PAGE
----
Carbohydrates can be just as problematic as some fats in promoting inflammation. According to research by Simin Liu, MD, PhD, of the Harvard Medical School, a diet high in refined carbohydrates and high-glycemic foods (which rapidly raise blood sugar levels) also seem to increase inflammation. In a recent study, Liu found that women eating large amounts of potatoes, breakfast cereals, white bread, muffins, and white rice had elevated CRP levels, indicating high levels of inflammation and an increased risk of heart disease. Overweight women who ate these foods had the highest and most dangerous CRP levels.

Anti-Inflammatory Nutrients

Many studies have shown that dietary supplements can bolster the body's own ability to control and reduce inflammation. Unlike aspirin, ibuprofen, or Cox-2 inhibiting drugs, these supplements are exceptionally safe. These include fish oils, gamma-linolenic acid, vitamin E, vitamin C, glucosamine, flavonoids, and botanicals.

Fish oils: Fish oil supplements rich in eicosapentaenoic acid (EPA) and docosahexanetoic acid (DHA), leapfrog the body's need to convert alpha-linolenic acid to EPA and DHA. That's important because trans-fatty acids, found in many processed foods, interfere with the enzymes involved in making these acids.

Fish oil also reduce levels of many inflammation-promoting compounds, including prostaglandin E2 and CRP. In one study, Scottish researchers found that daily fish oil capsules led to less pain and less need for anti-inflammatory drugs.

Dosage = three grams of fish oils daily. Flaxseed oil capsules may be used by vegetarians.

Gamma-linolenic acid: Although gamma-linolenic acid (GLA), is technically an omega-6 fatty acid, it is part of the body's normal system of checks and balances to control excessive inflammation. GLA boosts levels of prostaglandin E1, which reduces inflammation caused by prostaglandin E2.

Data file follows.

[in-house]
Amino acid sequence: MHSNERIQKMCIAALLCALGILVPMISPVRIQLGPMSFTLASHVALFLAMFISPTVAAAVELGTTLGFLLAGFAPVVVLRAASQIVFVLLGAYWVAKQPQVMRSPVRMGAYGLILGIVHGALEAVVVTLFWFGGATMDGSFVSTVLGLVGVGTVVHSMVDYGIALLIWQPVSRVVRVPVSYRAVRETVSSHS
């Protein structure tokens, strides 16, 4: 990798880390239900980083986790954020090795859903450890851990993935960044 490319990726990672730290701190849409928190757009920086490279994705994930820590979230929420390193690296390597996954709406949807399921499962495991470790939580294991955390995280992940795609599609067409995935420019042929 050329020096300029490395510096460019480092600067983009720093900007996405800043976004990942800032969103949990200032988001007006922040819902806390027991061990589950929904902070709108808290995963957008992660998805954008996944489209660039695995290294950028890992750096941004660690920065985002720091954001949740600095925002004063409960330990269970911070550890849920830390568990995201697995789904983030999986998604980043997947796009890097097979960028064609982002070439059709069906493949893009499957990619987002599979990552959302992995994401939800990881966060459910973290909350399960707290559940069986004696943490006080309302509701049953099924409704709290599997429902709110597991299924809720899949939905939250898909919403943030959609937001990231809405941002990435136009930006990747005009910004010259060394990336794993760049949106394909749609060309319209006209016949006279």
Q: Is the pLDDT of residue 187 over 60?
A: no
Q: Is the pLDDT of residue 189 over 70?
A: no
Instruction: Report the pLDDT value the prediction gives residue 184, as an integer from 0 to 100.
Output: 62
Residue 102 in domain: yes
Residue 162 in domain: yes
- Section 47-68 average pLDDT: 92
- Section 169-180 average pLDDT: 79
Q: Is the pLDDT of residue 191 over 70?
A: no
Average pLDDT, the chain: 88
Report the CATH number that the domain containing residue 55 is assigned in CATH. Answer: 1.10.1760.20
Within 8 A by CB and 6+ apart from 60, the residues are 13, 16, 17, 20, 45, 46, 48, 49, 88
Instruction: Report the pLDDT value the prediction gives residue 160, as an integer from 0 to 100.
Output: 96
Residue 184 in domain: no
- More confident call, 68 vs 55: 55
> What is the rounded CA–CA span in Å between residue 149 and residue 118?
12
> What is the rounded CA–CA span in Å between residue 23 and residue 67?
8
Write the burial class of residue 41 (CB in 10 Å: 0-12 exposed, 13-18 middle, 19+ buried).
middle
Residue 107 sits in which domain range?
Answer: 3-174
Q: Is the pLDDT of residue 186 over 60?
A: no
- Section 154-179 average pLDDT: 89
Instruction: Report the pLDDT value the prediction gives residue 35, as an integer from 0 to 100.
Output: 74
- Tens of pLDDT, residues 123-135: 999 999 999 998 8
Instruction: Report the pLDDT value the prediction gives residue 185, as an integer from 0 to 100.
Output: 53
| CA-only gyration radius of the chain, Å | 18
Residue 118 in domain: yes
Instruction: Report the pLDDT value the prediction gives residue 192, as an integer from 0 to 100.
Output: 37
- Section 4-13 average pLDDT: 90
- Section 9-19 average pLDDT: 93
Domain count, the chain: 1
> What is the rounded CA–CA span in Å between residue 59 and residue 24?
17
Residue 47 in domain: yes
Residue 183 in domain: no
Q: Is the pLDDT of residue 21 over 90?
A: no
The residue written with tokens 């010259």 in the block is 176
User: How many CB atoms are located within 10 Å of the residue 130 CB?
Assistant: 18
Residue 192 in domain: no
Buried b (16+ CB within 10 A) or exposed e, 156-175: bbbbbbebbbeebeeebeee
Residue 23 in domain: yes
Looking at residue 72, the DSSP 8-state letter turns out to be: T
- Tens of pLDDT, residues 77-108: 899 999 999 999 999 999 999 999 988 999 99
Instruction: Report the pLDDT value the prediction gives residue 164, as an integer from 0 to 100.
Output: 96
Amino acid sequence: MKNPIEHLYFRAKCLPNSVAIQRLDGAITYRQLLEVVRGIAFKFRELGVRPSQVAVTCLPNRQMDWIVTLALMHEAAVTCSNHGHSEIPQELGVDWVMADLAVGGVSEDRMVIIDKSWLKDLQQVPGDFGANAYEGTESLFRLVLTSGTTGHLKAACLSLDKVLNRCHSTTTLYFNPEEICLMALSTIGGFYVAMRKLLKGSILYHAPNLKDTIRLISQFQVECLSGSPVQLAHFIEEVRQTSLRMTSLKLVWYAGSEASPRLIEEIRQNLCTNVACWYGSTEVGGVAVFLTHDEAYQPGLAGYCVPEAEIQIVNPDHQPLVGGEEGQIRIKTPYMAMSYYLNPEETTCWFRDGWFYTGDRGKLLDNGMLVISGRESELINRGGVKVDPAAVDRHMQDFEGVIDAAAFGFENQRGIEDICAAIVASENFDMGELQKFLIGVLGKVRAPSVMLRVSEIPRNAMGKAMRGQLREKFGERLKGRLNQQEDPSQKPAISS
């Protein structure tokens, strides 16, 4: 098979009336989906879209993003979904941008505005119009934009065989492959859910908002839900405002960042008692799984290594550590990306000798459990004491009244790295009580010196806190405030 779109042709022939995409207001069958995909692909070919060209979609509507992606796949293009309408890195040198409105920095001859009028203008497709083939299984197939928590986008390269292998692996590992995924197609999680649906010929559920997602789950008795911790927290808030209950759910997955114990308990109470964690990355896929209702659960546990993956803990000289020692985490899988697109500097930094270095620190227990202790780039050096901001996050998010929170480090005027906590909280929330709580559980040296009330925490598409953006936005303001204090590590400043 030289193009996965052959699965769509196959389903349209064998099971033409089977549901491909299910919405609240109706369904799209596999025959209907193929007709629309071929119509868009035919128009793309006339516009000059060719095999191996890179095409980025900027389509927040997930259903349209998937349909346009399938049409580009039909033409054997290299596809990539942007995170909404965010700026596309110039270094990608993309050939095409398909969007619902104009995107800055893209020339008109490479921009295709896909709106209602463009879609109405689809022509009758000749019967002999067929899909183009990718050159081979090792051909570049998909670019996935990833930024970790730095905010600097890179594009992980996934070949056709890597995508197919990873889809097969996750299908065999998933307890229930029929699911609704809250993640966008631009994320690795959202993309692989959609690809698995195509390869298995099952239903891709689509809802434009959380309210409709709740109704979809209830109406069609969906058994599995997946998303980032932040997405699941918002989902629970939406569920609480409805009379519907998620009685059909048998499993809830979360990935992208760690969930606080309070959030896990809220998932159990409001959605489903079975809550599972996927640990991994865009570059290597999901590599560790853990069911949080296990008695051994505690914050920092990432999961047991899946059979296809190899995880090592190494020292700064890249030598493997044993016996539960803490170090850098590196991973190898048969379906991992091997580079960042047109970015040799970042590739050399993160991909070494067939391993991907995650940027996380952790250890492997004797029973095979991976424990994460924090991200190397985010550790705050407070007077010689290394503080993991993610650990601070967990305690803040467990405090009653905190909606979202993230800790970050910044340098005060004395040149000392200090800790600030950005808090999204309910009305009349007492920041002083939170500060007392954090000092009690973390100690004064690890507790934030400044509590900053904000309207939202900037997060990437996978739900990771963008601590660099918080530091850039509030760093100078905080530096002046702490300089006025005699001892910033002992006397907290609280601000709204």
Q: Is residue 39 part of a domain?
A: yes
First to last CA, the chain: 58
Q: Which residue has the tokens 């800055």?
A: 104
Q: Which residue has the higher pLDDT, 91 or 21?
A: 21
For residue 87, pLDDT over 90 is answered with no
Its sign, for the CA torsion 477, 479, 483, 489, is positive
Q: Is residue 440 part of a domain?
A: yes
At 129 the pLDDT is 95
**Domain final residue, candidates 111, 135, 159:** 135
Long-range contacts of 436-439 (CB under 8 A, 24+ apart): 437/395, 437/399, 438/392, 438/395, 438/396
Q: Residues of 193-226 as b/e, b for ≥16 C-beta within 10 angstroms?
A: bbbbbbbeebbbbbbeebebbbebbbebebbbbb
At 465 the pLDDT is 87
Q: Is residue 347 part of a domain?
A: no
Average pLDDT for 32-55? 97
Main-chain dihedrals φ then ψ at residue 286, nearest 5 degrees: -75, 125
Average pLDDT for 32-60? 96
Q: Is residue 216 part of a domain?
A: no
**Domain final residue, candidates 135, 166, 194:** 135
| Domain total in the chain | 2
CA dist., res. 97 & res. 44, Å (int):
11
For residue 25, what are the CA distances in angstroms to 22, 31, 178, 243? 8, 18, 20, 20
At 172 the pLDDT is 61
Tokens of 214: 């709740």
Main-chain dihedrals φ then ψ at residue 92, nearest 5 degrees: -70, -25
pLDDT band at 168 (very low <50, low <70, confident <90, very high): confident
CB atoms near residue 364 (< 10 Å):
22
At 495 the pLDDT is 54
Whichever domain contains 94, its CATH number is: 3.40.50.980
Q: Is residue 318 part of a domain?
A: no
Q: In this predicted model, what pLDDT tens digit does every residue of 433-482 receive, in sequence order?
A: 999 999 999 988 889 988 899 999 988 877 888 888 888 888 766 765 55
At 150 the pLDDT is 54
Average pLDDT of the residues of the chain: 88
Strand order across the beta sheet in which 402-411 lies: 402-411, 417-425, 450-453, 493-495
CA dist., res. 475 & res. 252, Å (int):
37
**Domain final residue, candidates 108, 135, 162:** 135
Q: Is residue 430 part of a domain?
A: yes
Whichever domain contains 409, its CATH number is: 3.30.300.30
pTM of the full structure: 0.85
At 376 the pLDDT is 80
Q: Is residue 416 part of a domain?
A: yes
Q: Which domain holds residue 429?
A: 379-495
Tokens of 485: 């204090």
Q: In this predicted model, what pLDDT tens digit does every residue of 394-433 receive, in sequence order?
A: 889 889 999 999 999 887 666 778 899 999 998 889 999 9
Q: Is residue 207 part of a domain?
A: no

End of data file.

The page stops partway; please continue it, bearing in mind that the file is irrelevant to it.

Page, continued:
Robert Zurier, MD, of the University of Massachusetts, Worcester, conducted two studies using GLA to treat patients with rheumatoid arthritis. Both 1.4 and 2.8 grams of GLA daily, lead to significant reductions in symptoms.

Dosage = At lease 1.4 grams daily. The amount of GLA is more important than the source, so read the fine print on the label.

Vitamin E: Several clinical studies found that natural vitamin E can lower CRP levels by 30 to 50 percent and IL-6 levels by 50 percent. This effect may account for the vitamin's well-known heart benefits. The anti-inflammatory benefits of vitamin E were also noted in two clinical trials that found the vitamin of benefit in patients with rheumatoid arthritis.

Dosage = 400 IU daily, but a clearer anti-inflammatory effect may be achieved at 800 or 1,200 IU daily.

Vitamin C, glucosamine, and chondroitin: These three supplements are commonly used to reduce the pain of osteoarthritis and to rebuild articular (joint) cartilage. But they - along with methylsulfonylmethane (MSM) - may have far broader tissue-rebuilding benefits. Vitamin C is required for the formation of collagen, one of the most basic proteins in the body. Meanwhile, glucosamine, chondroitin, and MSM provide rich sources of sulfur, a mineral that helps hold tissues together.

Dosage = 500 to 1,000 mg of vitamin C and 1,000 mg each of glucosamine, chondroitin, and MSM daily.

Flavonoids: Thousands of antioxidant flavonoids have been identified in plants, and probably all have some anti-inflammatory properties. They are likely a big part of the reason why vegetables are good for health. Several specific flavonoids may be helpful in reducing inflammation, specifically quercetin, Pycnogenol®, and grape-seed extract.

Dosage = 300 to 500 mg of quercetin daily or 150 to 300 mg of Pycnogenol or grape-seed extract daily.

Botanicals: All herbs are rich in flavonoids, which likely account for their anti-inflammatory properties. Boswellia, cat's claw, devil's claw, and green tea extracts are particularly potent anti-inflammatory herbs. Because of its mild taste, green tea has the advantage of being consumed as a beverage.

Dosage = Herbal potencies can vary depending on their form, such as capsule/tablet or tincture. Follow either label directions or advice from a naturopathic physician or herbalist.

To boost the body's levels of anti-inflammatory compounds, eat more fish and vegetables, consume healthier oils, and cut back on refined carbohydrates.